The Way

A while back I purchased Wayne Dyer’s, “Change Your Thoughts, Change Your Life.” It’s only the second or third audio book I’ve ever purchased. I’ve really enjoyed listening to it when I’m out driving around. I listen to very little radio and very little television. I even read very little news on the Internet with the exception of Linux, open source, and technology blogs. I’ve found through this experience that I’ve become even more contemplative and I hope more peaceful. Last week I started re-reading the Te of Piglet which has been quite interesting to read again a book I first read four or five years ago. I know that Dr. Dyer’s book which is based on the Tao te Ching has really caused me to do this.

A couple of weeks ago I visited Abbey of the Genesee and while there I picked up Thomas Merton’s, “The Way of Chuang-Tzu“. I found it interesting that Merton’s interest in the Tao was much like mine. I have found many parallels in the Gospels with the Tao te Ching. My reading and listening has invited me to be more contemplative and more sensitive to my surroundings.

Literally interpreted the Tao is “the way” and that same phrase was one of the early descriptions of Christianity.

The tao that can be told
is not the eternal Tao
The name that can be named
is not the eternal Name.

The unnamable is the eternally real.
Naming is the origin
of all particular things.

Free from desire, you realize the mystery.
Caught in desire, you see only the manifestations.

Yet mystery and manifestations
arise from the same source.
This source is called darkness.

Darkness within darkness.
The gateway to all understanding.–Tao te Ching,Chapter 1

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About Don

Social entrepreneur, Educator, Open Source Advocate
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6 Responses to The Way

  1. b says:

    It is nice to see that you are gaing spritual insights from reading about non-western religions,
    but, “The name that can be named is not the eternal Name. The unnamable is the eternally real. Naming is the origin of all particular things.” is not a thought that is compatible with Christianity. What is revolutionary about Christianity is that God has a Name, God has a Face, and that God came and lived among us as a man at a particular time and at a particular place and that He sufferred a particular sacrifice. Jesus is not the unamed and the unknowable and the ineffeble. He is Love, and He is our brother and our friend. Further, he is not darkness within darkness, He is the Light that shines in the darkness and the darkness shall not overcome it.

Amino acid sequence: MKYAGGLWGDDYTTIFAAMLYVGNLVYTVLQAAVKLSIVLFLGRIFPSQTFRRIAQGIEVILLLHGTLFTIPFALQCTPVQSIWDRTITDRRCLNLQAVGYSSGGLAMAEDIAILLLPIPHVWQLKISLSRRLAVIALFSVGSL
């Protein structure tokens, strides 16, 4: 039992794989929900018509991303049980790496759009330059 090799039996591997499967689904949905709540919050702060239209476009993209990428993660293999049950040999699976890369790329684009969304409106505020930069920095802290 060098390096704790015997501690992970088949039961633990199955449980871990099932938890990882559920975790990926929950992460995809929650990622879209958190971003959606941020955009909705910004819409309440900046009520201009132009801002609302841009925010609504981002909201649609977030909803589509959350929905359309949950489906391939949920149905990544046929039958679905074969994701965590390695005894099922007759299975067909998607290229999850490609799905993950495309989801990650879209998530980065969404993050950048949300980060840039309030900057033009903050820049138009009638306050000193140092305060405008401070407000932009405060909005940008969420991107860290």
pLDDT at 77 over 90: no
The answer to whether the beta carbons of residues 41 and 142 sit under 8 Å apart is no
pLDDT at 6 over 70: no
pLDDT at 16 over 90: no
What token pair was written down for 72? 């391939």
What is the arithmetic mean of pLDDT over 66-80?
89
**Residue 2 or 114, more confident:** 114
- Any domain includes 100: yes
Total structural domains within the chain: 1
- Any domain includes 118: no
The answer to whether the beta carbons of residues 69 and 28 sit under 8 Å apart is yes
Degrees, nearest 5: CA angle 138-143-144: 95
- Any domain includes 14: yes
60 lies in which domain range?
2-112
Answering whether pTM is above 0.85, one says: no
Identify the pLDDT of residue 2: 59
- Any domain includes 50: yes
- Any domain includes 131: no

Love has a name.

  2. Don says:

    Thanks for your great insight. I always learn much from insights like yours. Peace.

  3. Hey,

    I just put up a series of posts about Merton that I think you’d enjoy at:

    http://michaelkrahn.com/blog/thomas-merton/

  4. Don says:

    Thanks. I looked at the first one and intend to look at the rest. I spent a day on retreat this week with some friars who are strongly influenced by Merton’s work. As you know Thomas Merton taught at St. Bonaventure University near Olean, New York just prior to entering Gethsemani. The ministry center on campus at St. Bonaventure is called “The Merton Center,” as his legacy lives on. A small clearing visible on one of the mountainsides near the campus is called “Merton’s Heart.” Peace. 🙂

  5. Mick Turner says:

    I firmly believe that the contemplative/mystical tradition of the Christian faith is of great spiritual relevance in this day and time. It can, if followed with a genuine commitment, lead one to a place of centered awareness of God in even mundane aspects of our daily lives. As Teillard de Chardin (sp?) so aptly put it:

    “Nothing is profane for those who have eyes to see.”

    As for God having a name, perhaps he does and doesn’t at the same time. I know contemplative authors such as Meister Eckardt, John Tauler, Walter Hilton, and the author of the Cloud of Unknowing all alluded to the fact that the only way they discovered the true God was to forget the conceptual God …..including the names and attributes.

    I live, worked, and studied in China for five years and met many Christians and Chan Buddhists over there. Most of the Christians are evangelical, but not all of them. Some are quite mystical in their approach to the faith. It is also interesting to note that in the standard Chinese translation of the Bible, the Prologue of the Gospel of John, in English, begins:

    “In the beginning was the Dao, and the Dao was with God and was God.”

    As Mr. Spock would say, “Fascinating.”

  6. Don says:

    Thanks for your insightful comments. Thanks for the quote from the Prologue of the Gospel of John. 🙂 don

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